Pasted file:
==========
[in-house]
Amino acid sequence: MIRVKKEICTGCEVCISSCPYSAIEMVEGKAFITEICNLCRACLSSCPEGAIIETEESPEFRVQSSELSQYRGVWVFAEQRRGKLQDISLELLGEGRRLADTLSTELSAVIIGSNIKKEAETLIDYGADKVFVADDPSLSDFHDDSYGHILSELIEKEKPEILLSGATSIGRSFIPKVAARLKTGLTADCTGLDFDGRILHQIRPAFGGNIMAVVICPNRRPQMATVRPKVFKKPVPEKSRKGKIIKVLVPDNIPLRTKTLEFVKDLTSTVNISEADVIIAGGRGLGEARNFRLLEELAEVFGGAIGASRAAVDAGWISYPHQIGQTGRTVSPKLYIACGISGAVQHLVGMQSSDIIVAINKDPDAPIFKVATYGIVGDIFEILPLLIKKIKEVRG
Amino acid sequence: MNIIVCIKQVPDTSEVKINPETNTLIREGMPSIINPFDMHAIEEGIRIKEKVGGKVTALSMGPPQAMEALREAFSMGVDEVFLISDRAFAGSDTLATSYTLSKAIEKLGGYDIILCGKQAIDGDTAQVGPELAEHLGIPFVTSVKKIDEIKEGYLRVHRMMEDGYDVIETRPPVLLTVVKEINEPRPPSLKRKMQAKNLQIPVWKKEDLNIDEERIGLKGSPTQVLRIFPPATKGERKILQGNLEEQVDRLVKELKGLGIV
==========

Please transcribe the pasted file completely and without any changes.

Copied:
[in-house]
Amino acid sequence: MIRVKKEICTGCEVCISSCPYSAIEMVEGKAFITEICNLCRACLSSCPEGAIIETEESPEFRVQSSELSQYRGVWVFAEQRRGKLQDISLELLGEGRRLADTLSTELSAVIIGSNIKKEAETLIDYGADKVFVADDPSLSDFHDDSYGHILSELIEKEKPEILLSGATSIGRSFIPKVAARLKTGLTADCTGLDFDGRILHQIRPAFGGNIMAVVICPNRRPQMATVRPKVFKKPVPEKSRKGKIIKVLVPDNIPLRTKTLEFVKDLTSTVNISEADVIIAGGRGLGEARNFRLLEELAEVFGGAIGASRAAVDAGWISYPHQIGQTGRTVSPKLYIACGISGAVQHLVGMQSSDIIVAINKDPDAPIFKVATYGIVGDIFEILPLLIKKIKEVRG
Amino acid sequence: MNIIVCIKQVPDTSEVKINPETNTLIREGMPSIINPFDMHAIEEGIRIKEKVGGKVTALSMGPPQAMEALREAFSMGVDEVFLISDRAFAGSDTLATSYTLSKAIEKLGGYDIILCGKQAIDGDTAQVGPELAEHLGIPFVTSVKKIDEIKEGYLRVHRMMEDGYDVIETRPPVLLTVVKEINEPRPPSLKRKMQAKNLQIPVWKKEDLNIDEERIGLKGSPTQVLRIFPPATKGERKILQGNLEEQVDRLVKELKGLGIV